A highly popular product amongst Muslims everywhere is the Islamic Calligraphy decoration. Unfortunately many Muslims are falling into this Bidah which the Prophet Muhammad never practiced. Some have even given these special powers and hence are committing Shirk. This video clearly explains when and how these are permissible.
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The Video Transcript is below:
Moving into the new millennium, one of the fastest growing industries is the Islamic Decoration business. We see the mass production of paintings, plaques, and cloths to be hung around the home or in businesses, ornaments and stickers to fashion living rooms, accessories hanging in the car, and engraving being done on the walls of mosques; all containing the Arabic text for the names of Allah, quranic verses, bismillah, the shahadah, ayat-ul-kursi, or Muhammad (peace be upon him). But is this Islamic consumerism permissible, or has the commercialisation of Islam gone too far?
There are a few points on this issue which we can definitely mark down as being facts:
- This is a newly invented practice. The Sahabah never purchased these items, or placed them around the house. The Prophet Muhammad (peace be upon him) never felt the need to write the name of Allah, frame it, and place it on his wall at his house. This is why we do not have any hadiths mentioning these matters, because the practice was only started by ignorant Muslims hundreds of years after the time of the Sahabah.
- It’s a waste of money. Have you seen the prices for some of these items? Many of them are even made with gold. It is much better to put your wealth to use to earn good deeds which will reward you in the afterlife, instead of blowing it on possessions which you will leave behind when you go to the grave.
- It’s a dust collector. Hanging these items in your home has not been known to improve behaviour. Nowadays you see people backbiting against others while they are sitting on their couches underneath the verse warning against backbiting. All these plaques and paintings end up doing is sitting on the walls and gathering dust.
Apart from these facts, there are really 2 main factors which determine whether this hanging practice is halal or haraam. They are the intention, and the content.
If your intention is for it to be used as a decoration and adornment of your home, business, or mosque, then you need to be made aware that the Quran was not revealed for this purpose. You can just google the term Islamic Decorations or search on Amazon, to see how big of a business this has become. But the Quran is not a tin of Dulux paint in which you paint your house with, and Muhammad is not a sports star who you put up a poster of on your walls.
The only time the scholars have given permission for you to put up these Quranic verses and so on your walls is when your sole intention is to recite the verse every time you see it. And let’s be strict about this. Sole intention means sole intention. It doesn’t mean half the time, or a quarter of the time, because how do you measure and count that, and then you get lazy, before eventually you walk past it like it wasn’t there. Let’s face facts. Putting things up for a part-time reminder just doesn’t work.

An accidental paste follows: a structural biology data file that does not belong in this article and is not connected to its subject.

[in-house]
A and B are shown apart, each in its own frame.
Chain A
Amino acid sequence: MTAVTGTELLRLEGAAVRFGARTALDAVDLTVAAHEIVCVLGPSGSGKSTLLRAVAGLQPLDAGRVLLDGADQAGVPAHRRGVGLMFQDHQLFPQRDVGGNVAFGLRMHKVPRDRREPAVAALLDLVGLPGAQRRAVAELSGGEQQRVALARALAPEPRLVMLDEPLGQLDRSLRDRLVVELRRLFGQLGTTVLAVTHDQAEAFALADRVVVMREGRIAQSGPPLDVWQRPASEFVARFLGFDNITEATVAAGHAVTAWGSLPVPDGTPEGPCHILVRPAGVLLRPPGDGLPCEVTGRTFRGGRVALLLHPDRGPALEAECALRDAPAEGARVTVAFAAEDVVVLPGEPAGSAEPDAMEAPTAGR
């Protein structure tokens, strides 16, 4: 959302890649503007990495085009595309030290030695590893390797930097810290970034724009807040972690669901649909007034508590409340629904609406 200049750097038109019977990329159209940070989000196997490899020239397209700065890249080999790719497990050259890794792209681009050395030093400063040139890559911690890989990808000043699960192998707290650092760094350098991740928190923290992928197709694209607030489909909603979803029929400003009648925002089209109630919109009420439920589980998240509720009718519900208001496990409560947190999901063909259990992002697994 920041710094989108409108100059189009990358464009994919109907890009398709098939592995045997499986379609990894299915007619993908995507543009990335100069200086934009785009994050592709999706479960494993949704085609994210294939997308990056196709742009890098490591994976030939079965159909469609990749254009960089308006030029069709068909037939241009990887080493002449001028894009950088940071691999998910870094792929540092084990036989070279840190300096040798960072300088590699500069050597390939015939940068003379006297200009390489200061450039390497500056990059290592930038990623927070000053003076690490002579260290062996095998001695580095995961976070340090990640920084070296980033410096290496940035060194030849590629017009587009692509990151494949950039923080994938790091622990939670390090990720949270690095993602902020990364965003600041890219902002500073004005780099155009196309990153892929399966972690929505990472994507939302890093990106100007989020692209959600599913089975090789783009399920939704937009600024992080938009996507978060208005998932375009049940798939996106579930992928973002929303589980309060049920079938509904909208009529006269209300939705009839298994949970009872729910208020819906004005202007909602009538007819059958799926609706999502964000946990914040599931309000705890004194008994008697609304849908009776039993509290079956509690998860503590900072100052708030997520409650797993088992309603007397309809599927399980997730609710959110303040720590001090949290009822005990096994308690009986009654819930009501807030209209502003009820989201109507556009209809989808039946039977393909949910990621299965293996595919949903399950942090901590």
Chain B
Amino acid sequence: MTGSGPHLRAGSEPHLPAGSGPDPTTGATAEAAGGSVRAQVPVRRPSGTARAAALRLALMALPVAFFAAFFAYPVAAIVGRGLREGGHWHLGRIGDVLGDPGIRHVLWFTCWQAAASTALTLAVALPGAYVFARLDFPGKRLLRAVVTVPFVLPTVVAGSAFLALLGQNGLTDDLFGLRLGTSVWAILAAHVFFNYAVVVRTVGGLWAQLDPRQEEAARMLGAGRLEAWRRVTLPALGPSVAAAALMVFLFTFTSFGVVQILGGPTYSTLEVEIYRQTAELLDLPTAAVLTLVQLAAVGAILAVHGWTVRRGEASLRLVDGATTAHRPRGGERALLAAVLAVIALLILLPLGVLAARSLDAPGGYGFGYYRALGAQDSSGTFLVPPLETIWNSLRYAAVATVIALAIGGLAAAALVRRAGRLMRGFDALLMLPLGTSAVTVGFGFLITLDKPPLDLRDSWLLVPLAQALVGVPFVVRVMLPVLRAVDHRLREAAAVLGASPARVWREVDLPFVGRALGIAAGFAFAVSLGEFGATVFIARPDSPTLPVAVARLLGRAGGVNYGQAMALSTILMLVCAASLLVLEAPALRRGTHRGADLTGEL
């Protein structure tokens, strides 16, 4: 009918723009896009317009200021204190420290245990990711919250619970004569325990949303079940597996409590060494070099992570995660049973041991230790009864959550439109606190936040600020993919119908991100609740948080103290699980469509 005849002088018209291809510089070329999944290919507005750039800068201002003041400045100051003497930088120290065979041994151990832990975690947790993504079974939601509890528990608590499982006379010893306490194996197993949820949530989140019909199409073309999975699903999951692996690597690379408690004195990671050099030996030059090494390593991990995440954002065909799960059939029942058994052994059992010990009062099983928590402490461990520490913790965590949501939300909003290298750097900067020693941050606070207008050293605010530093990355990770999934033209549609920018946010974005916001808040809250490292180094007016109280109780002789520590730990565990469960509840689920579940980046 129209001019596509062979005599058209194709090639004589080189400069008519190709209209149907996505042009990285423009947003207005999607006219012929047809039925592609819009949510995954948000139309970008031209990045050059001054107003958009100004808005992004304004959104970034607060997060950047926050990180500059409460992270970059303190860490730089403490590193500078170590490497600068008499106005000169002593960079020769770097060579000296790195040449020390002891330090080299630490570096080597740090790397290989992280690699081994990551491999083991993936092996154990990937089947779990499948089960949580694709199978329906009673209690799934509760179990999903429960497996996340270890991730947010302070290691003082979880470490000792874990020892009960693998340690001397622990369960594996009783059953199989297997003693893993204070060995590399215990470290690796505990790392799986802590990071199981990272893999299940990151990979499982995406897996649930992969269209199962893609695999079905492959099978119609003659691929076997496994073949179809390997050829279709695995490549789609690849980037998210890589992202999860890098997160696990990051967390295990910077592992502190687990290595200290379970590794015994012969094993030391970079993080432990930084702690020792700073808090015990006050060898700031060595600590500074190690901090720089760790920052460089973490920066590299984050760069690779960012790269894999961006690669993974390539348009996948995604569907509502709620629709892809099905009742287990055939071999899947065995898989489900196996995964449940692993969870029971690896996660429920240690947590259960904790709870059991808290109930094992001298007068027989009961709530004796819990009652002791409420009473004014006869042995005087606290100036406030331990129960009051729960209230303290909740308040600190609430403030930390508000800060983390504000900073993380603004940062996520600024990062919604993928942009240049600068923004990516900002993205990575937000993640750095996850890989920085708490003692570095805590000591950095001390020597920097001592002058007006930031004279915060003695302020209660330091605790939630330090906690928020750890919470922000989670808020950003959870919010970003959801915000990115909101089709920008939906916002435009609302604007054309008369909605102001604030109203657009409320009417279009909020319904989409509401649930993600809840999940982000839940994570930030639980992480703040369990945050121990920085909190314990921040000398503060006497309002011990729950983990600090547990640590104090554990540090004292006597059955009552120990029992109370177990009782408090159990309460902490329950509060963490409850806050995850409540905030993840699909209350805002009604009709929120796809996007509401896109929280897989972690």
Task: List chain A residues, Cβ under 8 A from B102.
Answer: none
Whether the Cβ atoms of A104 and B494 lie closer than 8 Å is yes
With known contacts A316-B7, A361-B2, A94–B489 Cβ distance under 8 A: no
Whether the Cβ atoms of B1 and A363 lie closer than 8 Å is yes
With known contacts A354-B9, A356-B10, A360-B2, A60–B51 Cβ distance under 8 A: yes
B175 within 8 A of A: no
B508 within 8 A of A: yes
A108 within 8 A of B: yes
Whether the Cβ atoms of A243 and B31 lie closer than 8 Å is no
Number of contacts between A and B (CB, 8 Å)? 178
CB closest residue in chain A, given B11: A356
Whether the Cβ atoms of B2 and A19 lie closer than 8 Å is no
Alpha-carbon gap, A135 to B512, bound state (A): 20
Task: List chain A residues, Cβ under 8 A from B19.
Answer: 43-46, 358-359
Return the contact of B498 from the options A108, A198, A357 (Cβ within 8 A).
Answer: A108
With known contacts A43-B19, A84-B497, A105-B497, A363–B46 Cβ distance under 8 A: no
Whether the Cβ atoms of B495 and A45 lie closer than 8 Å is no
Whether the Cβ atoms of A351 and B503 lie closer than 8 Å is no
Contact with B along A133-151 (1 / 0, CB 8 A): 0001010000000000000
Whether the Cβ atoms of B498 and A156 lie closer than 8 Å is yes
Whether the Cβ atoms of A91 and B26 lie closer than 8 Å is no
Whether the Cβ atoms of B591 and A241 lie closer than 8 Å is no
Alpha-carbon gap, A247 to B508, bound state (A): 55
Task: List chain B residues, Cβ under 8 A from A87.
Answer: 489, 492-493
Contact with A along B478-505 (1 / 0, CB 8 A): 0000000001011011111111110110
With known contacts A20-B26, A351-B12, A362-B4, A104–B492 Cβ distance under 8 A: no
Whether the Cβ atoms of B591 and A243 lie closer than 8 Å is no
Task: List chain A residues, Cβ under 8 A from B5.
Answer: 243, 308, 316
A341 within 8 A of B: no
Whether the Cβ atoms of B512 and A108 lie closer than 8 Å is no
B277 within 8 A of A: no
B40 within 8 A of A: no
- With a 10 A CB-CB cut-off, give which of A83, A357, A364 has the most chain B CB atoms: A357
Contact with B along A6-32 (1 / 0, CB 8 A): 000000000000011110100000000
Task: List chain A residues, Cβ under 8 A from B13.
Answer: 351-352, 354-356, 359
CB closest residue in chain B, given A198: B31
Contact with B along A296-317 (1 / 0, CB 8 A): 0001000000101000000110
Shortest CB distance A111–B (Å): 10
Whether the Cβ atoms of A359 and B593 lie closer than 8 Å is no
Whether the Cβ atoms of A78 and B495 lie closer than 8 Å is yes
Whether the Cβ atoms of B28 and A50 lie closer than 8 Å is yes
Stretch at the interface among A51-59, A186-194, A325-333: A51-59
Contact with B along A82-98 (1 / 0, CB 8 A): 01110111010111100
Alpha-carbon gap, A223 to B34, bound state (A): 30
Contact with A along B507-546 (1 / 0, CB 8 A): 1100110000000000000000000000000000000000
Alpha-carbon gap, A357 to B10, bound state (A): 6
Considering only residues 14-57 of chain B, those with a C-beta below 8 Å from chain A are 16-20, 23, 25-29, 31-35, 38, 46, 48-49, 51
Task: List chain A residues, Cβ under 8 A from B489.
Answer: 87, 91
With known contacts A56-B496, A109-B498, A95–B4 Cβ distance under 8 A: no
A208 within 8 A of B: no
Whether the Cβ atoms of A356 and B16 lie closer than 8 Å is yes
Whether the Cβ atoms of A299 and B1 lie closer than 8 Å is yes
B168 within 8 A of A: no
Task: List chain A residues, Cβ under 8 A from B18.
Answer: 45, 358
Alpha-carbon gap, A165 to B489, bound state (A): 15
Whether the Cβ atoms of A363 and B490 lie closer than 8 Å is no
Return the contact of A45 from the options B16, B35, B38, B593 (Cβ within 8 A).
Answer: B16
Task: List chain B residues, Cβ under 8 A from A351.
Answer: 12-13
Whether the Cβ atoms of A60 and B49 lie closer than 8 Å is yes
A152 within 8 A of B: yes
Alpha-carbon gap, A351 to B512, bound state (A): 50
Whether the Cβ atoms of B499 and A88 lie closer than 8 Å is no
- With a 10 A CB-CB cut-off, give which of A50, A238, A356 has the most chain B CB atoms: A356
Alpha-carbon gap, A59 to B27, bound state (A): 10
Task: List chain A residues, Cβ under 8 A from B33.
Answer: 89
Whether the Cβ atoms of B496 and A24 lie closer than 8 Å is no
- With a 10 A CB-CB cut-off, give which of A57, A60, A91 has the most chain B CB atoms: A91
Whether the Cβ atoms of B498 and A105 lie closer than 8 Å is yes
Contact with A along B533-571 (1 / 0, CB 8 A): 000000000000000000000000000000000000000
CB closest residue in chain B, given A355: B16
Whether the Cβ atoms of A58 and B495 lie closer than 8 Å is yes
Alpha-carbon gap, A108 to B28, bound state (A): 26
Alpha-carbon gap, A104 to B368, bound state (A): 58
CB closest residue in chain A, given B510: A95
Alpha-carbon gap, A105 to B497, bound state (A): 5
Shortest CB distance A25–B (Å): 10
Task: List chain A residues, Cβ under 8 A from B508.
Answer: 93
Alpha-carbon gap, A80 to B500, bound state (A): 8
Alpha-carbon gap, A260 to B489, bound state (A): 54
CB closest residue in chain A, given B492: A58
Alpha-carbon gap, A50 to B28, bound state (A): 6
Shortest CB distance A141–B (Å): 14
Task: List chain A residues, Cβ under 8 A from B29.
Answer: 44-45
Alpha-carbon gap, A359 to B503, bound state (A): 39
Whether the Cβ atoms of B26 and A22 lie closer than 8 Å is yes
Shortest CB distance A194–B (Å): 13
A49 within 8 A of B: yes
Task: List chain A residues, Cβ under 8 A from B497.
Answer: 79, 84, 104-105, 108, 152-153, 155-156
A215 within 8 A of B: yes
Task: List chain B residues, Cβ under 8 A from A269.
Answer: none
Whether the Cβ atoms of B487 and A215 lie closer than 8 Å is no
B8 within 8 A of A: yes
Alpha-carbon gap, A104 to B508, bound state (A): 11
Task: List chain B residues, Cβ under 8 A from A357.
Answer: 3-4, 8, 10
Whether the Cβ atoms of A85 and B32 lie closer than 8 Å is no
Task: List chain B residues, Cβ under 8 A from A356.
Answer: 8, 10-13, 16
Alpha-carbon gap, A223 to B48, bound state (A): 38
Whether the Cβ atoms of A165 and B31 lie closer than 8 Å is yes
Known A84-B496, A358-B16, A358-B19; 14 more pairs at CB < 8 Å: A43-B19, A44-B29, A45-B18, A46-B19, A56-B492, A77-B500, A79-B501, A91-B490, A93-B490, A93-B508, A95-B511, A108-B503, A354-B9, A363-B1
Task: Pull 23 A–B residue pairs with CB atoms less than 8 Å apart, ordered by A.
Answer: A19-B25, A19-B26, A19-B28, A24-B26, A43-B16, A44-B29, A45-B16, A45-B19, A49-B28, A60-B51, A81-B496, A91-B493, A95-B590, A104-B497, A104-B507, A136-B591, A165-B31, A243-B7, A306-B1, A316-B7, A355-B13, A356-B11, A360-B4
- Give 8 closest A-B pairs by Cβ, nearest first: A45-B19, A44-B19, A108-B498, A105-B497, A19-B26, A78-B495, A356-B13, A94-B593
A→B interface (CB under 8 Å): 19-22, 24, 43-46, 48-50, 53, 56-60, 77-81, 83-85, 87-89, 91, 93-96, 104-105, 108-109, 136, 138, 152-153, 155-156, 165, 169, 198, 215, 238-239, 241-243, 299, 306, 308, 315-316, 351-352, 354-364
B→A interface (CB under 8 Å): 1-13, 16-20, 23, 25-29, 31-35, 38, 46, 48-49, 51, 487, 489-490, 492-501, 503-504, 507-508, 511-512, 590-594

And why do you need a decorative verse, instead of just writing “read the quran” or “recite ayut-ul-kursi”. These simple statements are more powerful because they are a direct order to you when you read them, and it saves you from going against Allah’s intention when he revealed the Quran. Furthermore, it saves you from a case where an ignorant person might visit your house, see these hanging verses, and end up leaving and falling into bidah.
Right across the globe, there are many ignorant Muslims who believe that hanging these Islamic decorations in their home will bring blessings, or that displaying them in their business will lead to more wealth. This practice is a bidah. For any religious practice to be permissible in Islam, we must have an authentic proof for it, and as we mentioned before, there are none.
It may even lead to shirk; the most evil of sins. Some people believe that placing certain verses around their homes or in their cars will protect them. Only Allah can protect us, and if you make items as partners with Allah in your protection, then you have committed shirk
In regards to the content of these items, many of them feature the Arabic texts shaped into animals, like the Bismillah bird, or the shape of people or individual body parts. The creation of animate images is haraam, and sometimes the text is as well. The calligraphy is often so distorted that you can’t even make out what it is saying, and some scholars have ruled that these styles are haraam, emphasising that there limits on the permissible styles in which we can write the Quran in.
So, in 99.99% of cases, it is haraam for you to place these paintings and plaques with Arabic Islamic texts in your home, car, business, or in the mosque, and depending on your beliefs, may also be shirk or bidah. And in the very rare case that your intentions are true, it is advisable to avoid this practice too, since you may lead others astray, and there are alternatives available which are permissible.